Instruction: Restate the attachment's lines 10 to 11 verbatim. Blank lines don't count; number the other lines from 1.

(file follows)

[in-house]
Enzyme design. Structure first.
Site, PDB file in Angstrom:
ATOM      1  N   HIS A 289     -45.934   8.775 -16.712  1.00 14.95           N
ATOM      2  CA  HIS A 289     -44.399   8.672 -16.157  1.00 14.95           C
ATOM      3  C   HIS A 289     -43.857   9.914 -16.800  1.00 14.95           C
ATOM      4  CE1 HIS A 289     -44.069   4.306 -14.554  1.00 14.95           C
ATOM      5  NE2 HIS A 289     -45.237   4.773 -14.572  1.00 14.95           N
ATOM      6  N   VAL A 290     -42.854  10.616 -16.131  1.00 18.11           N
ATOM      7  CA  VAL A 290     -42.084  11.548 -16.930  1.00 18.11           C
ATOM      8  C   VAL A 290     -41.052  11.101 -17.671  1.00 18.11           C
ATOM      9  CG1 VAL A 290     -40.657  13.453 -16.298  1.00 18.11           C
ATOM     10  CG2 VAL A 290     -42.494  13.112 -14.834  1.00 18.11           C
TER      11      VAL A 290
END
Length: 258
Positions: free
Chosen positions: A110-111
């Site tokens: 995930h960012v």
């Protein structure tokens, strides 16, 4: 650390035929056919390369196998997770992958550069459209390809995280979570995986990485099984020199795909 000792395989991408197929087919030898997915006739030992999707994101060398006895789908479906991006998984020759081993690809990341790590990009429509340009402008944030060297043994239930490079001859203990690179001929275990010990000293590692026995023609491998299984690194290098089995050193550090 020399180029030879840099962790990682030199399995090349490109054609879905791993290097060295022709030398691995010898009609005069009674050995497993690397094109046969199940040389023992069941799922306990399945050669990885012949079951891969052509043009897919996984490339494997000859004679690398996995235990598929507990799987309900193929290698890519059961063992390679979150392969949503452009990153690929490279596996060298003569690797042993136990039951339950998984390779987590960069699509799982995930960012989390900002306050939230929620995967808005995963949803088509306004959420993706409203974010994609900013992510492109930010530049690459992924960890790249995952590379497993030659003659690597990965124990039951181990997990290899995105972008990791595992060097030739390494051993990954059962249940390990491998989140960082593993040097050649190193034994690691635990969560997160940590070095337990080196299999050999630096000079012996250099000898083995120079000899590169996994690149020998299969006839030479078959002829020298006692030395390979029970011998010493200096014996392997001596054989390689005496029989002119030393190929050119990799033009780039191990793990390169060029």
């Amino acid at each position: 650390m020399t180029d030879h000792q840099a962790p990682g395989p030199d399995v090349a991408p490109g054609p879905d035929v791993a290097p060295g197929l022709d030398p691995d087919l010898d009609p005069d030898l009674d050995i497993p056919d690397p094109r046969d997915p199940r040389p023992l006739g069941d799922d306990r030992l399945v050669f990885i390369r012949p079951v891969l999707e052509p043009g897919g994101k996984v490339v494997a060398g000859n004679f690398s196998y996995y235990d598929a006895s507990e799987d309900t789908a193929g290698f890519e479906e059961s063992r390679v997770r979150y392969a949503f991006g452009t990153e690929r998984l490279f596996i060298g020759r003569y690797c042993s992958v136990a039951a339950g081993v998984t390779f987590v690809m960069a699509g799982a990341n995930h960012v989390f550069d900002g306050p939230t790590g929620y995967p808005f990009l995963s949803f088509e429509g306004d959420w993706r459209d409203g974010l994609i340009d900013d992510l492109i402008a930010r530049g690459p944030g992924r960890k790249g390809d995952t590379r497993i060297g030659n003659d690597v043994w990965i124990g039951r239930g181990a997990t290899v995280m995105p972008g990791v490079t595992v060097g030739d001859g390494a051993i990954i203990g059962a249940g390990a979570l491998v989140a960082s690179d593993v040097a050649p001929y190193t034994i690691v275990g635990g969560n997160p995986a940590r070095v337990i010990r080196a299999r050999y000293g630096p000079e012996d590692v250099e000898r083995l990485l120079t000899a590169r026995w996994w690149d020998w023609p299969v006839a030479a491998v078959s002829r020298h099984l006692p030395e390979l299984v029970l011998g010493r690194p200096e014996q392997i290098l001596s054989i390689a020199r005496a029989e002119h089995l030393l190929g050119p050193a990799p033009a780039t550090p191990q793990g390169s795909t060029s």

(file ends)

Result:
ATOM      7  CA  VAL A 290     -42.084  11.548 -16.930  1.00 18.11           C
ATOM      8  C   VAL A 290     -41.052  11.101 -17.671  1.00 18.11           C